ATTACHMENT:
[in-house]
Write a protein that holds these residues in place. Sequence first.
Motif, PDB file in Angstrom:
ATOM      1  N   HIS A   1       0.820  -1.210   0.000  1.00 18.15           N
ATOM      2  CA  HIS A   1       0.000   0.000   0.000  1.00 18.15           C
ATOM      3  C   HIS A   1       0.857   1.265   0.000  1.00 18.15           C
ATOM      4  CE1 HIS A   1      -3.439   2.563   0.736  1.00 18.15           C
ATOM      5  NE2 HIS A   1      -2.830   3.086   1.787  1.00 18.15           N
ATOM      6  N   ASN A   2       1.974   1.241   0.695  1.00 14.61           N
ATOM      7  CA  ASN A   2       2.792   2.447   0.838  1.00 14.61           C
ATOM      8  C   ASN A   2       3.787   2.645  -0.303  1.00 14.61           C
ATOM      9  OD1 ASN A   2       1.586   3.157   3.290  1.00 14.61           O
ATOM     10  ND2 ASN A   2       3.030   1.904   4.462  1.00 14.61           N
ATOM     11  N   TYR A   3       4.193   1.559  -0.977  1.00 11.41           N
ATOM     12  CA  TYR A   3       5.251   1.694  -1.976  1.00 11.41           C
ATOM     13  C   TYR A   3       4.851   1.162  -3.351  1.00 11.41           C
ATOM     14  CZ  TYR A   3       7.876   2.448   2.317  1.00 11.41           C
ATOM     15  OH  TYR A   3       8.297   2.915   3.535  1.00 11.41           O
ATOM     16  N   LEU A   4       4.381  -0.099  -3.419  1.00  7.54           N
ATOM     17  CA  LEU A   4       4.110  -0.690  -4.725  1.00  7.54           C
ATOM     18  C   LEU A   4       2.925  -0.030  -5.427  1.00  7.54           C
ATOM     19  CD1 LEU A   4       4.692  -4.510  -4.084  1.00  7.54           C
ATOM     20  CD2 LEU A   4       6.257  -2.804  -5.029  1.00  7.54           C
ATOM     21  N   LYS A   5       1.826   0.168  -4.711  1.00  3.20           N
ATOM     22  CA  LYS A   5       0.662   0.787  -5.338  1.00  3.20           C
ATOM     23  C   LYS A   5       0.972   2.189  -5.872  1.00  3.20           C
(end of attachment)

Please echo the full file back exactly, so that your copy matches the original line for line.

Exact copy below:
[in-house]
Write a protein that holds these residues in place. Sequence first.
Motif, PDB file in Angstrom:
ATOM      1  N   HIS A   1       0.820  -1.210   0.000  1.00 18.15           N
ATOM      2  CA  HIS A   1       0.000   0.000   0.000  1.00 18.15           C
ATOM      3  C   HIS A   1       0.857   1.265   0.000  1.00 18.15           C
ATOM      4  CE1 HIS A   1      -3.439   2.563   0.736  1.00 18.15           C
ATOM      5  NE2 HIS A   1      -2.830   3.086   1.787  1.00 18.15           N
ATOM      6  N   ASN A   2       1.974   1.241   0.695  1.00 14.61           N
ATOM      7  CA  ASN A   2       2.792   2.447   0.838  1.00 14.61           C
ATOM      8  C   ASN A   2       3.787   2.645  -0.303  1.00 14.61           C
ATOM      9  OD1 ASN A   2       1.586   3.157   3.290  1.00 14.61           O
ATOM     10  ND2 ASN A   2       3.030   1.904   4.462  1.00 14.61           N
ATOM     11  N   TYR A   3       4.193   1.559  -0.977  1.00 11.41           N
ATOM     12  CA  TYR A   3       5.251   1.694  -1.976  1.00 11.41           C
ATOM     13  C   TYR A   3       4.851   1.162  -3.351  1.00 11.41           C
ATOM     14  CZ  TYR A   3       7.876   2.448   2.317  1.00 11.41           C
ATOM     15  OH  TYR A   3       8.297   2.915   3.535  1.00 11.41           O
ATOM     16  N   LEU A   4       4.381  -0.099  -3.419  1.00  7.54           N
ATOM     17  CA  LEU A   4       4.110  -0.690  -4.725  1.00  7.54           C
ATOM     18  C   LEU A   4       2.925  -0.030  -5.427  1.00  7.54           C
ATOM     19  CD1 LEU A   4       4.692  -4.510  -4.084  1.00  7.54           C
ATOM     20  CD2 LEU A   4       6.257  -2.804  -5.029  1.00  7.54           C
ATOM     21  N   LYS A   5       1.826   0.168  -4.711  1.00  3.20           N
ATOM     22  CA  LYS A   5       0.662   0.787  -5.338  1.00  3.20           C
ATOM     23  C   LYS A   5       0.972   2.189  -5.872  1.00  3.20           C